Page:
Snowboard Disciplines


Snowboard Cross, or SBX, debuted in the 2006 Olympics to rave reviews as one of the most action packed events in snowboarding. Riders race against each other in groups of four on a specially built snowboard cross course that includes banked turns, jumps, rollers and varied terrain.

Canadian athletes won Gold (Maelle Ricker) and Silver (Mike Robertson) in the 2010 Olympics;


Halfpipe, or HP, events are conducted in a giant pipe built at resorts with manmade snow and carved with specialized equipment to create up to a 22-foot deep pipe.  There are also smaller Halfpipes at local resorts.  Halfpipe riders perform a series of jumps, tricks and maneuvers that are judged and scored for their degree of difficulty and execution.


Slopestyle, or SS or SBS, tests a rider’s ability to handle a variety of terrain by executing freestyle maneuvers down a course filled with terrain features including rails, hips, tabletops and a multitude of jumps, allowing riders to combine big air and technical tricks into one run. Riders are judged and scored on amplitude, execution, difficulty of line, landings and use of the course.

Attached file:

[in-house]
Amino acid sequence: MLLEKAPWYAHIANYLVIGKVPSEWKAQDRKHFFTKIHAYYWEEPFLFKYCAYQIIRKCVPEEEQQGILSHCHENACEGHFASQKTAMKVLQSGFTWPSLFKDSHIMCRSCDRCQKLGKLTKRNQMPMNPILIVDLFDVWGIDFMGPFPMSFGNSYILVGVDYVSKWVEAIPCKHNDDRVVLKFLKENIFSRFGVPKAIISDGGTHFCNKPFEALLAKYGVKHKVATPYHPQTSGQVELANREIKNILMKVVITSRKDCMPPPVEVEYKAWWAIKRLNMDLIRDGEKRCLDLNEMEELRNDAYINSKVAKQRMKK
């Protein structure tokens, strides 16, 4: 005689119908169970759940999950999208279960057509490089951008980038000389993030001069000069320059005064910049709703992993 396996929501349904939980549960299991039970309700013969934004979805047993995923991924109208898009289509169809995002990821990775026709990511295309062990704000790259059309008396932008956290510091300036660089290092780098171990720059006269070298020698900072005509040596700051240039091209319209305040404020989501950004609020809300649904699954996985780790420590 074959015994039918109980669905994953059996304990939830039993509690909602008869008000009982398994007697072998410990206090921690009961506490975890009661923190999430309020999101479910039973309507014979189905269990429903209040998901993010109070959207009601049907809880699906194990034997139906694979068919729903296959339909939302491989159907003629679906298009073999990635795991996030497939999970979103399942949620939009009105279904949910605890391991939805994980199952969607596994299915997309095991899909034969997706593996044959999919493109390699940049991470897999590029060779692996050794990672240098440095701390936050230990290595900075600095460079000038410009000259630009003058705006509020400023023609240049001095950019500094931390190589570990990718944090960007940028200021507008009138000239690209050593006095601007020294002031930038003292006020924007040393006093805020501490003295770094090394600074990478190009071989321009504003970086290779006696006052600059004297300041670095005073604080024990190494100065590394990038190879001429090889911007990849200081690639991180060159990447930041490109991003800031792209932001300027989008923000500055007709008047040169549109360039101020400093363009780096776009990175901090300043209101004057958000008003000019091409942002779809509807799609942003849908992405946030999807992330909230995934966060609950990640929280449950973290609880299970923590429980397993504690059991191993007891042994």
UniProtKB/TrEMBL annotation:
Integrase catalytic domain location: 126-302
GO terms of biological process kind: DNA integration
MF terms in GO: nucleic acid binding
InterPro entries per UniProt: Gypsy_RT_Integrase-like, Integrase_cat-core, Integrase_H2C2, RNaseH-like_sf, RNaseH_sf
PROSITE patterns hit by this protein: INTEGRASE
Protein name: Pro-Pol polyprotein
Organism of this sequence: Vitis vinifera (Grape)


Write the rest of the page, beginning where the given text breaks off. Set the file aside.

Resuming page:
Slopestyle is will be making its debut in the 2014 Olympics.


Alpine snowboarding was one of the original Olympic events in 1998.  There are several formats including single and parallel giant slalom and parallel slalom. The Olympics features parallel giant slalom, with parallel slalom being added to the 2014 Games.

In parallel giant slalom, or PGS, riders race head to head on side-by-side giant slalom courses with the winner advancing to the next round. Parallel slalom, or PSL, is similar but with athletes competing on slalom courses.  In a single format, riders are ranked by timed runs.

Canadian athlete Jasey-Jay Anderson won Gold in the 2010 Olympics.